“So much technology and tools have changed, but advertising appeals haven’t,” said advertising professor at the University of Texas and former tobacco company consultant, Gary Wilcox. “You and I still have the same need for love, security, prestige and novelty that people had 40 years ago.”

Tobacco companies have been limited in their advertising since 1970 when then-President Richard Nixon signed the Public Health Cigarette Smoking Act, which banned cigarette advertisements from broadcasting over mass media. The diminishing presence of cigarettes in the media and the rise of the anti-smoking campaign have caused cigarette sales to decline. However, these big tobacco companies are adapting and getting behind the e-cigarette movement. For example, tobacco giant Altria, which owns Marlboro cigarettes, acquired a 35% stake of JUUL in 2018.

“Marlboro marketers are probably the smartest marketers I’ve ever been around,” Wilcox said. “It’s hard for the government to catch up to a smart marketer.”

Whether federal regulations and restrictions on e-cigarette advertising will follow a similar trajectory to cigarette advertising is unknown. The government is, however, cracking down on the e-cigarette youth epidemic.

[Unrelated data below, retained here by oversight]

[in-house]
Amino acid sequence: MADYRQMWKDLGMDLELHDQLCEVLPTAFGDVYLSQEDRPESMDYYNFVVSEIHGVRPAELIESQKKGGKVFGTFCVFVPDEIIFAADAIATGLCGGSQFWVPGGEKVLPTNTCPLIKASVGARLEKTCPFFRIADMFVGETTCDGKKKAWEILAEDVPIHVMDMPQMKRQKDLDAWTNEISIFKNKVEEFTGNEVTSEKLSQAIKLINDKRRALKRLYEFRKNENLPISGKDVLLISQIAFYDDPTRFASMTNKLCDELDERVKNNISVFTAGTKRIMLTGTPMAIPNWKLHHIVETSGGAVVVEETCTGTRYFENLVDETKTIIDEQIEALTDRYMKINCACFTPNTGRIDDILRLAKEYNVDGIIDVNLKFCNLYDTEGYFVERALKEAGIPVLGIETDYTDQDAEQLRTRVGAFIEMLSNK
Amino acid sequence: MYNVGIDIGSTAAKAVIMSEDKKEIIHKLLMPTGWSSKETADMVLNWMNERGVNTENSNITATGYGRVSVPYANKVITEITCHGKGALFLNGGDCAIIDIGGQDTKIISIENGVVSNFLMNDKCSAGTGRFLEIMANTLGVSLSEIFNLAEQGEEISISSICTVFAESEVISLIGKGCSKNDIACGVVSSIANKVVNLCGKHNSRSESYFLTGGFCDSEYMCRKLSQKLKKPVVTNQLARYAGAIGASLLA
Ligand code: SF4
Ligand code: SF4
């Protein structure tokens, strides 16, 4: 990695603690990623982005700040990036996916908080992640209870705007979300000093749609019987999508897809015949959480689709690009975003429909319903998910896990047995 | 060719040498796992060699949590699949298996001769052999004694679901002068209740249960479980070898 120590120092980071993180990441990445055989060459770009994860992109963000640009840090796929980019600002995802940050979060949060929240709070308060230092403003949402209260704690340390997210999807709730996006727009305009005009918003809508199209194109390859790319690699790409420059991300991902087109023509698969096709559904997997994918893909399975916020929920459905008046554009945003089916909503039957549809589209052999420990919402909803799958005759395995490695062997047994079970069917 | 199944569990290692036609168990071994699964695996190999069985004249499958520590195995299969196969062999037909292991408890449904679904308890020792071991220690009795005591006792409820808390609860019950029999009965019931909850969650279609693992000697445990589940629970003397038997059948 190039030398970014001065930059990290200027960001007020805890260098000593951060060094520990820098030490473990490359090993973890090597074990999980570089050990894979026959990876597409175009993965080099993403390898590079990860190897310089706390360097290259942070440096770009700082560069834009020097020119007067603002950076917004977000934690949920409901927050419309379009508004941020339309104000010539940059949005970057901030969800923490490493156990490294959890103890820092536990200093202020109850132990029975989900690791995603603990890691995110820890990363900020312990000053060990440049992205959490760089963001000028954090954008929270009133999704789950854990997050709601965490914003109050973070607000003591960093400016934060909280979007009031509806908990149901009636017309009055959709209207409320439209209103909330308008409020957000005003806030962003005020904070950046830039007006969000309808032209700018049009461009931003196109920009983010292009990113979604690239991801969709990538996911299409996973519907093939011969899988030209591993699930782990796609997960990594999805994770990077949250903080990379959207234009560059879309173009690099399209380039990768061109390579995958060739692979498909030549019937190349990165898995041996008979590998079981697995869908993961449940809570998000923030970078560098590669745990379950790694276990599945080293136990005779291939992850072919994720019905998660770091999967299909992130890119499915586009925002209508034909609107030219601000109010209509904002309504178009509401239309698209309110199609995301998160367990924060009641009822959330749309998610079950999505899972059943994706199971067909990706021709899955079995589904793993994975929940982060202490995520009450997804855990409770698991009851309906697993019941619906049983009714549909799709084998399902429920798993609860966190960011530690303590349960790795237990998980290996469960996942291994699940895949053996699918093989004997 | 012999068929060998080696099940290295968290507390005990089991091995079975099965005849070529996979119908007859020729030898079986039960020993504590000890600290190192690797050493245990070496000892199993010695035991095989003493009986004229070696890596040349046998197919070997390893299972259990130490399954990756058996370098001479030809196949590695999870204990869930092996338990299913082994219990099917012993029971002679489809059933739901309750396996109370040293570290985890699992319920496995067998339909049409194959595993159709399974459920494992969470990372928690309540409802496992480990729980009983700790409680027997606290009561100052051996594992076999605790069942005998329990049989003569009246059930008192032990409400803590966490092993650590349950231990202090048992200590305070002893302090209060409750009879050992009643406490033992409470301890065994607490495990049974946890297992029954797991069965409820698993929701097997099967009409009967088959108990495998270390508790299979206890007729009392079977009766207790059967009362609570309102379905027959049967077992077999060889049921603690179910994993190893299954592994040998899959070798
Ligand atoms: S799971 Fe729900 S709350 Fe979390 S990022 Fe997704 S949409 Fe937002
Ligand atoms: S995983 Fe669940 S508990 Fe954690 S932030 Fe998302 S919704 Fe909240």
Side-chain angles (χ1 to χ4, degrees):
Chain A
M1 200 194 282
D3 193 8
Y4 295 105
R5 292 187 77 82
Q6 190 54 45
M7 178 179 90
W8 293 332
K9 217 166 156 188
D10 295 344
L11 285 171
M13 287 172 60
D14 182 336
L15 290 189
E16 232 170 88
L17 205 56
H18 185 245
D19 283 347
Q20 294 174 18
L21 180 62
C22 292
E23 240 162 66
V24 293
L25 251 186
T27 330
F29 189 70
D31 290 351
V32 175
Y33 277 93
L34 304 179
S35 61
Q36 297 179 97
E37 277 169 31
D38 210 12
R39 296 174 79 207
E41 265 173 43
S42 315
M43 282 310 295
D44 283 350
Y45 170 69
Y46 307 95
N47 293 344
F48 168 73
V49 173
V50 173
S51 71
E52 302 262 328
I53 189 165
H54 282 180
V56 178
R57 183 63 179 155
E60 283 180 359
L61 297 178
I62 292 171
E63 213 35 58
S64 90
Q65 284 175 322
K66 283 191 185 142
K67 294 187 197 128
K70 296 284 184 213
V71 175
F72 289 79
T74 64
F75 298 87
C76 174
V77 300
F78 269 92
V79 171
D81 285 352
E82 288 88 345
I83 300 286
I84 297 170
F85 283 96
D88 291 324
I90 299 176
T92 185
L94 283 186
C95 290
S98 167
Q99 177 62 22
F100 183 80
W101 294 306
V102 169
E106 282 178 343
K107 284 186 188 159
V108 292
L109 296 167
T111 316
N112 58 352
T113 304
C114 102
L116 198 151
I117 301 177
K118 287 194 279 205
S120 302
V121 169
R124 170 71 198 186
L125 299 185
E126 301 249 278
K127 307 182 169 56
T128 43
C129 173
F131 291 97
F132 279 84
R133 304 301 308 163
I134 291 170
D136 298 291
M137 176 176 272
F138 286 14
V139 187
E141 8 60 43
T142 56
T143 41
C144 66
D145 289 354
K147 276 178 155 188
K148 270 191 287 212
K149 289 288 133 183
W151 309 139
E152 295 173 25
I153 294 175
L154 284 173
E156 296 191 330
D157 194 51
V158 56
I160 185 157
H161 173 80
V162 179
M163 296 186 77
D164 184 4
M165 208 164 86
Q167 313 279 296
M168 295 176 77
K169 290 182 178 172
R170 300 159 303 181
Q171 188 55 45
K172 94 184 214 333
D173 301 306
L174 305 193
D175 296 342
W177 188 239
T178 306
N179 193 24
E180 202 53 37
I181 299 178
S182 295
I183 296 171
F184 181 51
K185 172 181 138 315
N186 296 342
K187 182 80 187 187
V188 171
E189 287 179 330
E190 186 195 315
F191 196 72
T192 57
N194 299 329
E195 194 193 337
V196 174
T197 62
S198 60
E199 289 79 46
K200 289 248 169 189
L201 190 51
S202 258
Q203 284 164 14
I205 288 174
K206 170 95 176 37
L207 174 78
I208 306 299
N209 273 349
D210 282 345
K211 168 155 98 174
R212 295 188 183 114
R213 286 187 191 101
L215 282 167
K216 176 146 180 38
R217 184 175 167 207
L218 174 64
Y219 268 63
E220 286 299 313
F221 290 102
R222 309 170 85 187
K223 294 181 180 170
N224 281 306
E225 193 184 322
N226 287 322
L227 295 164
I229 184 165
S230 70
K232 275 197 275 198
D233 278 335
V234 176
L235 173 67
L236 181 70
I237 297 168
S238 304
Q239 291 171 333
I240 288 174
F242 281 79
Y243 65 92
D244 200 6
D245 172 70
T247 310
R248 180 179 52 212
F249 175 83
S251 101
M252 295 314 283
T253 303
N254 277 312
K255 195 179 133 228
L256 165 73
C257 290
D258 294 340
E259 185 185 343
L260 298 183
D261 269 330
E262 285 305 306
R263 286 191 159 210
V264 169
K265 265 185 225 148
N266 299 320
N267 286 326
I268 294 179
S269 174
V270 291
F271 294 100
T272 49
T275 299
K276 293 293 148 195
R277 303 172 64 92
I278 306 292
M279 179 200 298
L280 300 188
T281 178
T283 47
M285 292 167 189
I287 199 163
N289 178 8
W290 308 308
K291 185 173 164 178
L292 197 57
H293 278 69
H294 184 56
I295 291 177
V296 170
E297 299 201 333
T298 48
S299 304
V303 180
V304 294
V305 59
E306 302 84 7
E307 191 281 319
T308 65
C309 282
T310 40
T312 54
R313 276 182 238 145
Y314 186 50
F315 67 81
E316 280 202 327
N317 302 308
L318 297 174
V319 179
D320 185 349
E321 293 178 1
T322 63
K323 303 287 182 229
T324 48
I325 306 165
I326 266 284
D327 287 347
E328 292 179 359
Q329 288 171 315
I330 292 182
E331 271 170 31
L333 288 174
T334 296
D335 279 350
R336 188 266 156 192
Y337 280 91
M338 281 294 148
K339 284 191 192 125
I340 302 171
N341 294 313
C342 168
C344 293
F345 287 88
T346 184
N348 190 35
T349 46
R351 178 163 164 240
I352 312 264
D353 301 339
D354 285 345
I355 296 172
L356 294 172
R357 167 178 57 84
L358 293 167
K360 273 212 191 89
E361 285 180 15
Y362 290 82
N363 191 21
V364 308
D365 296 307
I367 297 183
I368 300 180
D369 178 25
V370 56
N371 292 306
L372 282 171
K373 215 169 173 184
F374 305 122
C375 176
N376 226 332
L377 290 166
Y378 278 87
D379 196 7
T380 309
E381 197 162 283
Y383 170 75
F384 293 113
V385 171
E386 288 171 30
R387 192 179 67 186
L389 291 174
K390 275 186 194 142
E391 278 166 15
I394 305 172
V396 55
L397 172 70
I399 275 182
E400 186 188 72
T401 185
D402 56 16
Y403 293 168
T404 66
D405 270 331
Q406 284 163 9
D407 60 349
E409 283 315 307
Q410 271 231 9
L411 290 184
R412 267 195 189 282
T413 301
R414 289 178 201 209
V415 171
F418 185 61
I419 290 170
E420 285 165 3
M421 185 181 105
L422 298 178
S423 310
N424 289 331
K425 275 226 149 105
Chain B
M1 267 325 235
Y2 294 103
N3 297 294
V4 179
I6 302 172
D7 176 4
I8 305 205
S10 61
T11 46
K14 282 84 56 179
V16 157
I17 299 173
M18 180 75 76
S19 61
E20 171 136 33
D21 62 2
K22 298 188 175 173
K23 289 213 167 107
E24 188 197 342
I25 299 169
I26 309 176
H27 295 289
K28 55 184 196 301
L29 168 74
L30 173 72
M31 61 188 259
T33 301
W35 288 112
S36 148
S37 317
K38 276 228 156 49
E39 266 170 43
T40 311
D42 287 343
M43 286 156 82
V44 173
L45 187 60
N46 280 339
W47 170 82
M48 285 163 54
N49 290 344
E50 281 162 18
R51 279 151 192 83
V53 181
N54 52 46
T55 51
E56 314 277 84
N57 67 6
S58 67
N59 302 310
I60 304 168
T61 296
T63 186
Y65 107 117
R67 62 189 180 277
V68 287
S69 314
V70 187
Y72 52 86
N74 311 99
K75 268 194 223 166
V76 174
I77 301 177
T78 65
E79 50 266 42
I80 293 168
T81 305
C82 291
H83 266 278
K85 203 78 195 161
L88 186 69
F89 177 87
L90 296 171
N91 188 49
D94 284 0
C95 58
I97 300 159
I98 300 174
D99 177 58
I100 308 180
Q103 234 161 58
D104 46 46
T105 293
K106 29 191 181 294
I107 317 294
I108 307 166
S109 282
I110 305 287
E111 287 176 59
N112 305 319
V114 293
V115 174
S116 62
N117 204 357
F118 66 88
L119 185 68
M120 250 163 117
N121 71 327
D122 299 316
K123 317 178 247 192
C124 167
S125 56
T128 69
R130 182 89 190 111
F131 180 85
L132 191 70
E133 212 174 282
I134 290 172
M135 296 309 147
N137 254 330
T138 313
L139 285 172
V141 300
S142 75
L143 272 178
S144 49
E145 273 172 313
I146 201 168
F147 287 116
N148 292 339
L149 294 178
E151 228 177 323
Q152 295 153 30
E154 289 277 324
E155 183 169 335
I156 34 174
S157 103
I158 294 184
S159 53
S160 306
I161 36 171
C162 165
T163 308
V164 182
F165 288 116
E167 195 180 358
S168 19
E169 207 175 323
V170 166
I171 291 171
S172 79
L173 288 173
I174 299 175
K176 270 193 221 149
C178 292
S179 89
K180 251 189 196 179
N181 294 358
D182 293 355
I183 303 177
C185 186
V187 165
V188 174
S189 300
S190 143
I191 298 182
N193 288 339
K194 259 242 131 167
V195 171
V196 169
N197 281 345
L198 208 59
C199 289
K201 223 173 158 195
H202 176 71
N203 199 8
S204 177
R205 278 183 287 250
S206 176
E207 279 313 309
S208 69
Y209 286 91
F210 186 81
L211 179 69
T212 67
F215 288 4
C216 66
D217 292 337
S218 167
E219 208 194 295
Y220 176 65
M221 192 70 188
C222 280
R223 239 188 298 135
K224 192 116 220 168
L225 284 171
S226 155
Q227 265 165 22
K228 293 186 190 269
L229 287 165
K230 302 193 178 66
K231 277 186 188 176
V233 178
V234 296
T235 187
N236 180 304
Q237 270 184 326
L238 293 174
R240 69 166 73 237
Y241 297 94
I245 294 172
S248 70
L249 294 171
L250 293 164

JUUL Labs Inc. has leased 62,700 square feet of office space in this new building on South Lamar in Austin. The Austin Business Journal reported the move represents the company’s first step in a significant expansion for the San Francisco-based vaping start-up.

“While we remain committed to advancing policies that promote the potential of e-cigarettes to help adult smokers move away from combustible cigarettes, that work can’t come at the expense of kids,” FDA Commissioner Scott Gottlieb said during a speech at the agency’s headquarters.

JUUL initially responded to public backlash by pivoting its marketing strategies. The brand’s latest campaign, “Make the Switch,” emphasized the value of e-cigarettes as a healthier alternative to traditional cigarettes. Unlike its earlier advertisements, JUUL steered away from the image of vaping being cool and fun. Rather, it tapped into consumers’ emotional connections.

“Make the Switch” advertisements were often in print or aired on television or radio. According to NPR, the campaign was a $10 million investment for the company in an effort to reach an older generation. JUUL’s most recent advertisements aligned with its mission statement to help traditional smokers find an alternative, but it raises questions about the brand’s authenticity.

“They’re probably spending so much on print advertising in newspapers now, so they can hold up that defense,” Wilcox said, shortly before JUUL suspended its advertising. “They want to be able to say ‘Well in the last year we’ve spent 80% of our budget trying to get people to convert.’”

Social Media Video By Kyle Maddry

A visual comparison between modern-day JUUL advertisements and cigarette advertisements of decades past